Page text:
The second round of the Iranian regime’s Parliamentary election on Friday has been boycotted by Iranians according to an article on the National Council of Resistance of Iran’s (NCRI) website.
In 21 of the 31 provinces in Iran the regime held run-off votes. However, activists of the Iranian Resistance have reported that during their monitoring of the polls, the majority of polling stations were empty throughout the day.
Officials in many polling stations tried to entice people to vote by telling them that they would not need to present any identification documents in order to participate. In some areas, people passing by were offered money to cast a ballot and some regime agents were spotted casting a ballot on more than one voting station.
There were also reports of more disagreements within the regime’s factions on voting day. In central Iran, in the Nourabad District of Mamasani, members of Khamenei’s faction are said to have attacked members of the Rafsanjani-Rouhani camp. The reason for the attack was that the Rafsanjani-Rouhani camp allegedly brought people in to vote for their candidate from the town of Marvdasht.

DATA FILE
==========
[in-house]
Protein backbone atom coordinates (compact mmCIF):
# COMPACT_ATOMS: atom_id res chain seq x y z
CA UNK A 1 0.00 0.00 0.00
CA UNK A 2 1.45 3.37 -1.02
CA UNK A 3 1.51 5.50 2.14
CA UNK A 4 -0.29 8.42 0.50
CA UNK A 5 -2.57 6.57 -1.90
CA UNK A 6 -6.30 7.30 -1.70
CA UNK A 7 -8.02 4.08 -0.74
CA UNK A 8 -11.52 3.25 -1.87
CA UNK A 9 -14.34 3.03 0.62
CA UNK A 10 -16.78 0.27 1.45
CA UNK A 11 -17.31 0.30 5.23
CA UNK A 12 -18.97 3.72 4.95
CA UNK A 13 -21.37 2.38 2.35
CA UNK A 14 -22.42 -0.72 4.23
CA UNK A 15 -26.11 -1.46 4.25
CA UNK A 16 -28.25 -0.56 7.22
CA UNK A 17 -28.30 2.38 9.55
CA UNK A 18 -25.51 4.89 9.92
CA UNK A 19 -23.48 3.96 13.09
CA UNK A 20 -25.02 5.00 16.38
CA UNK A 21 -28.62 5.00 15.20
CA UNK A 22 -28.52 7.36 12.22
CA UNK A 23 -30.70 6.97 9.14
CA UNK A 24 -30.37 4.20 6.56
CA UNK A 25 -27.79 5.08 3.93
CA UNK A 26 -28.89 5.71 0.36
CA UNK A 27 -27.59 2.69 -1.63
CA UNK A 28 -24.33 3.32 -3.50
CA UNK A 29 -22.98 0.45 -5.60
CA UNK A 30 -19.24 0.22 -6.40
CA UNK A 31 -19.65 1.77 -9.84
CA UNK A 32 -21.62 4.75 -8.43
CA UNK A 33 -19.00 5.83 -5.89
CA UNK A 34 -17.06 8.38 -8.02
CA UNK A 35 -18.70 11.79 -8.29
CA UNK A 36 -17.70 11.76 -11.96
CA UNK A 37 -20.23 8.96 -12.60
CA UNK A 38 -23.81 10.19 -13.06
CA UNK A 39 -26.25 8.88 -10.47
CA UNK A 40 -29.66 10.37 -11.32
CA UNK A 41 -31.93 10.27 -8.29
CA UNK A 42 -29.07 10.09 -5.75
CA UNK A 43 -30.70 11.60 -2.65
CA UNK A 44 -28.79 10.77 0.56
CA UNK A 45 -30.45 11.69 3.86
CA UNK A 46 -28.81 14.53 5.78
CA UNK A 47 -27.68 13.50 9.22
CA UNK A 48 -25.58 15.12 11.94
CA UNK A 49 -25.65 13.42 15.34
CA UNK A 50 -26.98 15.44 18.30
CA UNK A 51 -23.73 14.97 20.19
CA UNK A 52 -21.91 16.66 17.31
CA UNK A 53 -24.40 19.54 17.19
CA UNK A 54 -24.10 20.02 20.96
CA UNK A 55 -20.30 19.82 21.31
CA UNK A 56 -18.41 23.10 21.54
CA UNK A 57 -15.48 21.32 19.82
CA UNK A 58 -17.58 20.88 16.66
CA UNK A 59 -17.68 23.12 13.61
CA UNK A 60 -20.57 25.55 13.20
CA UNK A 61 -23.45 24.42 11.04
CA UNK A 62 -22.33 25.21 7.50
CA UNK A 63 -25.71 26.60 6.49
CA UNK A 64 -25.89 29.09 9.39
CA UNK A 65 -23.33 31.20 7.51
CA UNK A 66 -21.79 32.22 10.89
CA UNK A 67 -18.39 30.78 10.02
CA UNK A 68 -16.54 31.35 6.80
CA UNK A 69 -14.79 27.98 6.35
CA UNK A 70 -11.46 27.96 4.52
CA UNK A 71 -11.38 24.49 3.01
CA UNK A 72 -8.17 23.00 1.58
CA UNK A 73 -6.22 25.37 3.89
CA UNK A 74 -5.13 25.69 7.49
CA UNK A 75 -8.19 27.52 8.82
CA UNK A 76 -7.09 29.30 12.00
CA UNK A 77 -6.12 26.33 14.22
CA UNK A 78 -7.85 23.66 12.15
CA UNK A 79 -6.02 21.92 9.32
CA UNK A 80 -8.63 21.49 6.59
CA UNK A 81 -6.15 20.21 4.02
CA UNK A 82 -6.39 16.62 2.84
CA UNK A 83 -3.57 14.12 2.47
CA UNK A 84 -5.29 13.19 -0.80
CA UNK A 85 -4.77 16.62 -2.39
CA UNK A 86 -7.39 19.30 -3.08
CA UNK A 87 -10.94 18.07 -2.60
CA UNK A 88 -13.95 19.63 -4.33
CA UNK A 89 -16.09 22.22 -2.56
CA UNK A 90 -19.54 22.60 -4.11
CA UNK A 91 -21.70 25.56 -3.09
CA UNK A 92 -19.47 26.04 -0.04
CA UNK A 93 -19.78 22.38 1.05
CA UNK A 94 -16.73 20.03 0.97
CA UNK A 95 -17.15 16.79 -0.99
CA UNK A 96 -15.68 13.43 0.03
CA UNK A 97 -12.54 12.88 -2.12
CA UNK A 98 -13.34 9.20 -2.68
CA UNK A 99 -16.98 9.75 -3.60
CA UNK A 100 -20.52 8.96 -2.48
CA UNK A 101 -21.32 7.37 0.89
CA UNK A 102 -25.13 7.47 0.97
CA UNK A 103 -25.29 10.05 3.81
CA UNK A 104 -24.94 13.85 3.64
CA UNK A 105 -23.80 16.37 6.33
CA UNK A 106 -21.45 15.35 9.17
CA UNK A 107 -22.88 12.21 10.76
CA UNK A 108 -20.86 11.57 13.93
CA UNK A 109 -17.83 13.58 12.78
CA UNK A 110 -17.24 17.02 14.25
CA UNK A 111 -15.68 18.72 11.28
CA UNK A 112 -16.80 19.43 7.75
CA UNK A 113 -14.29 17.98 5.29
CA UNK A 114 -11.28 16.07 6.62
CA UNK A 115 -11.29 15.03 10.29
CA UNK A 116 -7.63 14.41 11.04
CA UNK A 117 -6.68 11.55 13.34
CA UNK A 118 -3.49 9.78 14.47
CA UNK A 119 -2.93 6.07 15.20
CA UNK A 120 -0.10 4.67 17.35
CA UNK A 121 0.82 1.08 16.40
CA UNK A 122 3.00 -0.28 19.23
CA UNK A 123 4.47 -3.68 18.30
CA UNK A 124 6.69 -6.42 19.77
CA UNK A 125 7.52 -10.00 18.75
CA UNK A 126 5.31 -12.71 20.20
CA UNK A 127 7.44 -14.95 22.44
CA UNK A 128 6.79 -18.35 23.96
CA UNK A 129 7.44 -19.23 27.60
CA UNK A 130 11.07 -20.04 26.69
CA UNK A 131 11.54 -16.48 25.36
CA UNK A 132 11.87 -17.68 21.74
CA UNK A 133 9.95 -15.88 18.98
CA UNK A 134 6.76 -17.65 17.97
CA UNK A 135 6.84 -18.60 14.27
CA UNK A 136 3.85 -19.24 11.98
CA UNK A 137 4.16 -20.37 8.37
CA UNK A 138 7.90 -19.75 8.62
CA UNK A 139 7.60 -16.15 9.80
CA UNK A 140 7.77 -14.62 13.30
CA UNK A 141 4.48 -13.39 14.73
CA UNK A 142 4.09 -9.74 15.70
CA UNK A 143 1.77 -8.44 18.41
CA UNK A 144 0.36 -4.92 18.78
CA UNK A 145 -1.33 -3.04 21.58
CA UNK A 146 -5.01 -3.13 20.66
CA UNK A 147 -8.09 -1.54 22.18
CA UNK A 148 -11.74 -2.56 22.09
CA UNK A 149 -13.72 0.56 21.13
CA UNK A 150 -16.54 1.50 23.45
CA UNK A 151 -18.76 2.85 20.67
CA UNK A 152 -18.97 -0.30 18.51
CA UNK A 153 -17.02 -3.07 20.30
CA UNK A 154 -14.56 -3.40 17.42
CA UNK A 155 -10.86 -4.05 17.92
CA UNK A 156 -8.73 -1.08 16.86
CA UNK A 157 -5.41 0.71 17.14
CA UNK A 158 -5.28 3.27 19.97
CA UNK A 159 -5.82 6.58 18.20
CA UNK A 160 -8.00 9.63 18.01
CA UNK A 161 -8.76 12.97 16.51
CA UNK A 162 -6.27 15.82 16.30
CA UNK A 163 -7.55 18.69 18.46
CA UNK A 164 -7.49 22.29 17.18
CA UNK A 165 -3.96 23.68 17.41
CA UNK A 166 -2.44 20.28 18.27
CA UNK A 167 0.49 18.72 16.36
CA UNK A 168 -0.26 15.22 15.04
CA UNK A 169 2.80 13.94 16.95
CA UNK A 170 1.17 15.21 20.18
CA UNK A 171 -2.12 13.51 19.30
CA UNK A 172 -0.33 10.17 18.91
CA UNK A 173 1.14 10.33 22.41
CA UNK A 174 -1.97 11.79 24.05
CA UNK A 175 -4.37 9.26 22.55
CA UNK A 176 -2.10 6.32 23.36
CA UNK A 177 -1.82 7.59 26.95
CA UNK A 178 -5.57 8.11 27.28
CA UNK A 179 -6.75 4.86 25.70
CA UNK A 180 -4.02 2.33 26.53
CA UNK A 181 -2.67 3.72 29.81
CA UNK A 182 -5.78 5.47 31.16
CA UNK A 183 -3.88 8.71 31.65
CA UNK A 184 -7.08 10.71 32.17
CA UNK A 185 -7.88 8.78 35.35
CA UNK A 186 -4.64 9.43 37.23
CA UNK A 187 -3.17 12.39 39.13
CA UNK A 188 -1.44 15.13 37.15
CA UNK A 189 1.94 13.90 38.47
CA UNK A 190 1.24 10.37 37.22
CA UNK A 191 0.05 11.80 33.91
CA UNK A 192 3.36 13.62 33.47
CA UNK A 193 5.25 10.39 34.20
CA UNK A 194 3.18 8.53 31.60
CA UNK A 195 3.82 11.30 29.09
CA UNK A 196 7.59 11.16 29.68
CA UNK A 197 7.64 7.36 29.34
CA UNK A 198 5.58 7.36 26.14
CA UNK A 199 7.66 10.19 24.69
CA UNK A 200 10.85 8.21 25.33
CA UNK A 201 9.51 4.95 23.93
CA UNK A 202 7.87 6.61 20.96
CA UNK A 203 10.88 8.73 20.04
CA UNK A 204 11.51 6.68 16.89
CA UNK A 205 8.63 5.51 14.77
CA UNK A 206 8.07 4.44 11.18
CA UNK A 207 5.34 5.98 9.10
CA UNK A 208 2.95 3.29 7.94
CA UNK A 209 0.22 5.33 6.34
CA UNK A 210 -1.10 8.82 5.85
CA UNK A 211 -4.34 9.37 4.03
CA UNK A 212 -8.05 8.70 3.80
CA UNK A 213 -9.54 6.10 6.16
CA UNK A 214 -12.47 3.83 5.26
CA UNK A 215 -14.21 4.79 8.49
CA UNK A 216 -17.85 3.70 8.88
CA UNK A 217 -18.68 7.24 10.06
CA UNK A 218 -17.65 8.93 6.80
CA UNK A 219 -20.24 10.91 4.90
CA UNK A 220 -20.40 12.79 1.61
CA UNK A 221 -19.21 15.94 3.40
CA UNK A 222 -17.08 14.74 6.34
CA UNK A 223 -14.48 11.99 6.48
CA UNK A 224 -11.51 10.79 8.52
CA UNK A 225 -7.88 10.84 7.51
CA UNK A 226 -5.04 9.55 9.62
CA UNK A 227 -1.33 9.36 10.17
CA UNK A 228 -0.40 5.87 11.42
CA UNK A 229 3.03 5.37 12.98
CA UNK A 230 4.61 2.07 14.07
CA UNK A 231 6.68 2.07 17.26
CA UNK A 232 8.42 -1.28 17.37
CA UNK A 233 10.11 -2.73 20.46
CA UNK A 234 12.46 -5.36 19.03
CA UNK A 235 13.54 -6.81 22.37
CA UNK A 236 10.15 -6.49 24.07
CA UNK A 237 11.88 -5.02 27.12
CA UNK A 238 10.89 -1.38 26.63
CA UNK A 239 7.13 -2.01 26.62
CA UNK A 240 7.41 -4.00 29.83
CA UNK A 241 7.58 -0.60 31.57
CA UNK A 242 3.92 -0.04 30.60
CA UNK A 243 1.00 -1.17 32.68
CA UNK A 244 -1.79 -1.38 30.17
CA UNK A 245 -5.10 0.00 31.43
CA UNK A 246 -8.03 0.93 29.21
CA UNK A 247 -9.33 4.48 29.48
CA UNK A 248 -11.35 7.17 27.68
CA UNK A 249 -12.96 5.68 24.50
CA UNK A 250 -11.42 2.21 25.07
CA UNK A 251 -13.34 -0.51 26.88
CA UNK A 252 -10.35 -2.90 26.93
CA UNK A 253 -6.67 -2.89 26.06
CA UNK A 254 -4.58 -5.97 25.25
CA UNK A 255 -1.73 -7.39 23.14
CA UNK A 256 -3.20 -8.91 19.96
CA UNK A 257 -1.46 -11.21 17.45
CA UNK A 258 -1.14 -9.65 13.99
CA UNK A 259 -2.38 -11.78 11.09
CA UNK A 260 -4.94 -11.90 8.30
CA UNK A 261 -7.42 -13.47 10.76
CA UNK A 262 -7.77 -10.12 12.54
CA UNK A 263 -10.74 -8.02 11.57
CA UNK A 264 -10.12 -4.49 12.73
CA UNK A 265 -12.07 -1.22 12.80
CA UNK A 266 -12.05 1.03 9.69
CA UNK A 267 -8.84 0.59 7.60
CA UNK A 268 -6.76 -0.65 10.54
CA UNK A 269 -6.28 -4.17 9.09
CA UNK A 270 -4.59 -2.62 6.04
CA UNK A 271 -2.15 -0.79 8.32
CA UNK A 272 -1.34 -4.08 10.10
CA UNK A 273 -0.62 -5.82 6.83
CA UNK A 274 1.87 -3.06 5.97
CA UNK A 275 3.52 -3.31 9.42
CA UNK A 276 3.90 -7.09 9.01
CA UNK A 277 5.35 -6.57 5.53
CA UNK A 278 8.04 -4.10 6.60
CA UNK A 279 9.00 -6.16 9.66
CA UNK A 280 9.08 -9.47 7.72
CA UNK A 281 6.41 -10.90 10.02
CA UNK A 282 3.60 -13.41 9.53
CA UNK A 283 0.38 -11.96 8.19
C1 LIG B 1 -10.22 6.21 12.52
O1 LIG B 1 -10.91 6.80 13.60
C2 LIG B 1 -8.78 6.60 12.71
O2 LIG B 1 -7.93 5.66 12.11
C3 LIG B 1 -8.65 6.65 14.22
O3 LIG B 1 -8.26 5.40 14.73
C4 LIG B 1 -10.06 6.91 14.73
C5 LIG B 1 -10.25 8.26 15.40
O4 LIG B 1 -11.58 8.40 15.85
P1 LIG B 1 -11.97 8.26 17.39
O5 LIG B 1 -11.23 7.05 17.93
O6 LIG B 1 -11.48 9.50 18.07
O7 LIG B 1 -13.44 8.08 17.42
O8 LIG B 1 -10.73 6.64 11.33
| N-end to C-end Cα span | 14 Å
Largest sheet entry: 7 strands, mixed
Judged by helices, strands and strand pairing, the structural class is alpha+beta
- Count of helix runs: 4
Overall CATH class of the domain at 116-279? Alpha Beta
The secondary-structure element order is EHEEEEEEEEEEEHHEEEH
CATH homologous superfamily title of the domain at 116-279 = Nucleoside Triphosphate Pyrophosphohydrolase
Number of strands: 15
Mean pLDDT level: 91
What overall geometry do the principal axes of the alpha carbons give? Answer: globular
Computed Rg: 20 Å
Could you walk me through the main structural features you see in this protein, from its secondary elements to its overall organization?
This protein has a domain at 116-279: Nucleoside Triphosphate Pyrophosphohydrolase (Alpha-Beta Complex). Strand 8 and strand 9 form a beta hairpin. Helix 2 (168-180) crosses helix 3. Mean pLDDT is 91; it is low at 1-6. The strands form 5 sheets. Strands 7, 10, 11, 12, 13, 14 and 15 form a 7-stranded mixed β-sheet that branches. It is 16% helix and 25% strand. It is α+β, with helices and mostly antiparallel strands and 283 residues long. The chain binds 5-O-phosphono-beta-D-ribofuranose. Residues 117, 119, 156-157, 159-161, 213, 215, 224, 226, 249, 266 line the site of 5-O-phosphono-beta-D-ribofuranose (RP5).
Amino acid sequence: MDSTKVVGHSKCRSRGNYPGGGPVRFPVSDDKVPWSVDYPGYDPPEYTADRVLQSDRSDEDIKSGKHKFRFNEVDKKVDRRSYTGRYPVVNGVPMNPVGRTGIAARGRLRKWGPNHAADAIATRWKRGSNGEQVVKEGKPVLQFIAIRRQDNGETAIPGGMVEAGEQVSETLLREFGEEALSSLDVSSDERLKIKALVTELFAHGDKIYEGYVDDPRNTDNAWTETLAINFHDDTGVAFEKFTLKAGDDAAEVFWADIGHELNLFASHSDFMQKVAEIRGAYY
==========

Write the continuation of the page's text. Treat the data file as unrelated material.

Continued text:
The local election head’s house was targeted with bricks and wood causing windows to be broken and damage to the premises. Several of the assailants were arrested by state security forces but clashes between members of the rival factions continued into the day. At 2pm local time, a shooting had taken place at the nearby Taleh Kouli polling station, where four voters were injured. It is thought that at least 50 other people were injured throughout the day in similar clashes.
Following the first round of elections, Mrs. Maryam Rajavi, President-elect of the Iranian Resistance, said on 28th February that it was more than evident that the list of candidates presented by various factions of the regime indicated that the election was clearly not genuine. She said the choice was “merely between different factions responsible for suppression, execution, exporting terrorism, warmongering, and plundering the Iranian people’s wealth”.
Mrs. Rajavi highlighted that the result of the election would not bring any change to the political and economic livelihood of the Iranian people. She said, however, that the election was bringing the regime one step closer to being overthrown.